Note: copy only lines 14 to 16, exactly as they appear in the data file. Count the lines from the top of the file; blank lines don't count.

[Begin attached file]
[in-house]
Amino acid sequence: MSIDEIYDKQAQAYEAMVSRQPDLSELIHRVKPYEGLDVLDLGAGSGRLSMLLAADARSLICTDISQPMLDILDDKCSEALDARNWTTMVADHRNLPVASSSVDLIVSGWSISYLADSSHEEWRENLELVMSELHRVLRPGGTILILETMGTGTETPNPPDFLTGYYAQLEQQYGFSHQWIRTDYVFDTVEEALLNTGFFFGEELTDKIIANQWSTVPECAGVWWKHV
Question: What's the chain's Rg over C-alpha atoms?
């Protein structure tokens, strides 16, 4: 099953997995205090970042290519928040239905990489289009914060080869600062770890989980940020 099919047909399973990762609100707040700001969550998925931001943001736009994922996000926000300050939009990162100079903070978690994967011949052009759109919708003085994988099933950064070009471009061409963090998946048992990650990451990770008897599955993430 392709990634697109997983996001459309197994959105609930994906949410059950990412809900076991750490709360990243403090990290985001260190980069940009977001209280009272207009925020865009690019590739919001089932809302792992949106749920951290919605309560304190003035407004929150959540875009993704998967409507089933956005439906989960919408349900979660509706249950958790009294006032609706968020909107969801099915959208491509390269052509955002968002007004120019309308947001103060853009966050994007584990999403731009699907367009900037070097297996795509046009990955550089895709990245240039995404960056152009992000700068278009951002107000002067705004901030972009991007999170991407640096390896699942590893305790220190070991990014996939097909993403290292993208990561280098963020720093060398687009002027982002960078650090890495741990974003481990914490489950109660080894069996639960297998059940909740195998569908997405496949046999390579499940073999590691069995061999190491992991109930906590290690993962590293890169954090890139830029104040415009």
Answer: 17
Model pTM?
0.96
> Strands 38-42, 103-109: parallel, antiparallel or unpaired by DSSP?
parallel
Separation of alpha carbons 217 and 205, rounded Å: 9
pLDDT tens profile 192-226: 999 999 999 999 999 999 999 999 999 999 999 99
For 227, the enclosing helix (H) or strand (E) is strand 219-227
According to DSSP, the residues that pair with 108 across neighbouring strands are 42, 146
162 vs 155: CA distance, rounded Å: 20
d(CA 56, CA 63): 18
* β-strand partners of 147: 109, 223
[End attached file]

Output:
162 vs 155: CA distance, rounded Å: 20
d(CA 56, CA 63): 18
* β-strand partners of 147: 109, 223